They concluded that security companies need to take a hard look at sending private data to the cloud for examination and should not retain non-malicious samples.
Fear, Loathing, and Two-Factor Authentication
Jean Camp, a professor at the University of Indiana, and Sanhari Das, a PhD student there, devised a study to answer that question. They chose the Yubikey security token for the study on the basis that it’s the simplest form of two-factor authentication. They then gave each study participant a Yubikey and observed as the participants attempted to register the device on a secure site.
Many ran into trouble, including quite a few who completed the registration demo and figured they were done. Dr. Camp passed recommendations to Yubico, most of which were followed.
A second round of testing went much more smoothly. Even so, participants just weren’t interested in using the devices. A survey a month after the study found none of them still using the Yubikey.
Many had discarded the device. The study concluded that consumers just don’t understand the benefits of using two-factor authentication and the risks of doing without it. They’re very afraid of losing access to their accounts if something goes wrong, and they’re not afraid of the remote possibility that someone might hack their accounts.
Going forward, Das and Dr.
Camp suggest we need clear, simple warnings, like the Surgeon General’s warning on cigarette packs.
- ^ stop playing security Whack-A-Mole (uk.pcmag.com)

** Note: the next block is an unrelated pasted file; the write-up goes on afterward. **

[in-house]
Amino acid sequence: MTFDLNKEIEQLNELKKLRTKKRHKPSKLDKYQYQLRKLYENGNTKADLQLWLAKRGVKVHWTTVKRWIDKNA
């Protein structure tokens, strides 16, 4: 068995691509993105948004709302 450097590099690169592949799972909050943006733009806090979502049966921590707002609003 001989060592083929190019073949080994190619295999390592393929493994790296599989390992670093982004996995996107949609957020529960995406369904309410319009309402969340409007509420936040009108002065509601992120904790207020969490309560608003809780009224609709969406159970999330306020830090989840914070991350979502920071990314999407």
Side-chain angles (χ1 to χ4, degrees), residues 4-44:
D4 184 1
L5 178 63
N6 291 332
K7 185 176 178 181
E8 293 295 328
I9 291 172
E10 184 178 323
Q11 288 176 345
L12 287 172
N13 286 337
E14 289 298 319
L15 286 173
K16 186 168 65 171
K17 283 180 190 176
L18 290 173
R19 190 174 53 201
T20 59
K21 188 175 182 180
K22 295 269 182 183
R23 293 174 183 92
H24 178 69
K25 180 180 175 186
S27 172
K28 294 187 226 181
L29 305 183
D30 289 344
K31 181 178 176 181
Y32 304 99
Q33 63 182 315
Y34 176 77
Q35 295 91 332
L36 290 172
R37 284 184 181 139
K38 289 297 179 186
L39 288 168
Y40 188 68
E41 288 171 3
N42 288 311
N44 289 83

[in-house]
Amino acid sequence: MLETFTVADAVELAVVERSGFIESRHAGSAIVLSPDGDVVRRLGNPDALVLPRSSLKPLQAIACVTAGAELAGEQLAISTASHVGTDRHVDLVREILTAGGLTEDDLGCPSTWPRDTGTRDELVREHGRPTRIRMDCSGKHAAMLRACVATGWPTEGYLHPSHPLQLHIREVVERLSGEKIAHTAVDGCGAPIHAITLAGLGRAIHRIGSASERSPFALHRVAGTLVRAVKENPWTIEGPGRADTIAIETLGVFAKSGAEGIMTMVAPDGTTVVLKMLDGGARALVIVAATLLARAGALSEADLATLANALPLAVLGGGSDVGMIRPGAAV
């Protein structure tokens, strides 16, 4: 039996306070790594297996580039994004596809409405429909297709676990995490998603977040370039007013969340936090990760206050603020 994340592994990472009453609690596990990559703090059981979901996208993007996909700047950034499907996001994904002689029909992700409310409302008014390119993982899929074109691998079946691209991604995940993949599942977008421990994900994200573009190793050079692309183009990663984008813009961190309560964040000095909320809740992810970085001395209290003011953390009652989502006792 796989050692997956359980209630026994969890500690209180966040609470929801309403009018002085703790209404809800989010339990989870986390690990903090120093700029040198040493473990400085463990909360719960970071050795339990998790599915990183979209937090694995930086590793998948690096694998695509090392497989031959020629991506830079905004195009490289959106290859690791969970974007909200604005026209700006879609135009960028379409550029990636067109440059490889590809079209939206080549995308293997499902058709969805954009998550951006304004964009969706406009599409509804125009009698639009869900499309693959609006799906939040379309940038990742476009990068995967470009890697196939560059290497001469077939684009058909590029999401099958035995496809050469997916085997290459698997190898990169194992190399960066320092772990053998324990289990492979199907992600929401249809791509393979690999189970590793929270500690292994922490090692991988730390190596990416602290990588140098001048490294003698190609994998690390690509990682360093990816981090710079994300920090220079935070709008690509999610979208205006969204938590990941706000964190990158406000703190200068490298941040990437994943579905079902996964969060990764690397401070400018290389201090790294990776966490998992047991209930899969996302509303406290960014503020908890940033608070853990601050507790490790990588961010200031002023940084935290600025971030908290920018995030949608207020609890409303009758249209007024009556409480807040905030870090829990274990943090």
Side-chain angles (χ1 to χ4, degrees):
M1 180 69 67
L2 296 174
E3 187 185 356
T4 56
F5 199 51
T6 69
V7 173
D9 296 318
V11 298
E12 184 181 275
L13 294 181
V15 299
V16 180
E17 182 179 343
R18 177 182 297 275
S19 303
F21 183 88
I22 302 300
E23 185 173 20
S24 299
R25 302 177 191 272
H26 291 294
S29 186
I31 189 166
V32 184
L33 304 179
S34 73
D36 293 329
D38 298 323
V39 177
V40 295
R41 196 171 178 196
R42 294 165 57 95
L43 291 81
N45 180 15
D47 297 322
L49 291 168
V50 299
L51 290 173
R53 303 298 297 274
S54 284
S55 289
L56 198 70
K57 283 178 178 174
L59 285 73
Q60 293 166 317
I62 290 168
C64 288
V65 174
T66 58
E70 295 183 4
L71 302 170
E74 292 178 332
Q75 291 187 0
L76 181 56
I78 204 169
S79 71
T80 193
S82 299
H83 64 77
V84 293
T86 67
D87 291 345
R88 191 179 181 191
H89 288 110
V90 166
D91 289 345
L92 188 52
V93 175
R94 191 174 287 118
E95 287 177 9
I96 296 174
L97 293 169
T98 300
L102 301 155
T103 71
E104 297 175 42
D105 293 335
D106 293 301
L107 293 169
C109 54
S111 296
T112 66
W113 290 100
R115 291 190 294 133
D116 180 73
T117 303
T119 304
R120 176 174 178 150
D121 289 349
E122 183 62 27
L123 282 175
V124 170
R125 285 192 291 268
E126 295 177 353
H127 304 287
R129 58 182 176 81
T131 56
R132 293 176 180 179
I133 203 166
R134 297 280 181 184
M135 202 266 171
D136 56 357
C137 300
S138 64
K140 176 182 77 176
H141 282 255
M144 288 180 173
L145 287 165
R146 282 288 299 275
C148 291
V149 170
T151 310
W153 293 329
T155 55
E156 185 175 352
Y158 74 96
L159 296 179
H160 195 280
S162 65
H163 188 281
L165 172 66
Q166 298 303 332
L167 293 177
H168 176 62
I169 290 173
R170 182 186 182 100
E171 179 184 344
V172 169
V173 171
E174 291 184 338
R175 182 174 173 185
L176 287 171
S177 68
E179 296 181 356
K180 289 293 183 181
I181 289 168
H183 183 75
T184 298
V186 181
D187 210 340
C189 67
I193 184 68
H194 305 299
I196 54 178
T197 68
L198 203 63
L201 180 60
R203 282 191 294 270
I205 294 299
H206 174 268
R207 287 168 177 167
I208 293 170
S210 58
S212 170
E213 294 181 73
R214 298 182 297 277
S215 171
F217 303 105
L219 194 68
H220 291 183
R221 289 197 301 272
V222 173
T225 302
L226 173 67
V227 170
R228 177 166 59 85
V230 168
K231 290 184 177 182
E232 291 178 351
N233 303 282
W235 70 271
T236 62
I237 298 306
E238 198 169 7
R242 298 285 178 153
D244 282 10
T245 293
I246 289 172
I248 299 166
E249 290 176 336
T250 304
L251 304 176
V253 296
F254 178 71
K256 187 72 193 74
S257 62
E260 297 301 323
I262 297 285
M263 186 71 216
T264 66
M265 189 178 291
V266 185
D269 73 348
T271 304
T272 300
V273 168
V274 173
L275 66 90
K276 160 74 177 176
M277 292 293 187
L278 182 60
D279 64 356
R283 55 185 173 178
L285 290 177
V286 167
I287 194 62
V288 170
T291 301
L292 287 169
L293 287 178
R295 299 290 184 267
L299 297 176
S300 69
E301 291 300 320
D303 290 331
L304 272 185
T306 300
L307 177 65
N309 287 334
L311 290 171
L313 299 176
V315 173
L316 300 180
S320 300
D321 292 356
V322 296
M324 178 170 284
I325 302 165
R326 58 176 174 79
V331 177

- ^ proof-of-concept attacks (uk.pcmag.com)
- ^ SATCOM systems loaded with backdoors (uk.pcmag.com)
- ^ even cause burns on people (uk.pcmag.com)
- ^ probably safer in a self-driving car (uk.pcmag.com)
- ^ smart speaker (uk.pcmag.com)
- ^ break into an account using a synthesized voice (uk.pcmag.com)
- ^ bubbles (www.blackhat.com)
- ^ Triton malware (uk.pcmag.com)
- ^ confirming whether an attack has occured (uk.pcmag.com)
- ^ how Meltdown works (uk.pcmag.com)
- ^ stress for cyberwarfare operatives (uk.pcmag.com)
- ^ great air-gap escapes (uk.pcmag.com)
- ^ swept away thousands of fake accounts (uk.pcmag.com)
- ^ distinguish bot accounts from real people (uk.pcmag.com)
- ^ confuse and entangle SON networks (uk.pcmag.com)
- ^ cracking crypto at distances up to 10 meters (uk.pcmag.com)
- ^ VPNs (uk.pcmag.com)
- ^ extract secret information (uk.pcmag.com)
- ^ HTTPS to replace insecure HTTP (uk.pcmag.com)
- ^ Antivirus utilities (uk.pcmag.com)
- ^ turned up tons of data that should have been private (uk.pcmag.com)
- ^ two-factor authentication (www.pcmag.com)
- ^ why don’t you use it (uk.pcmag.com)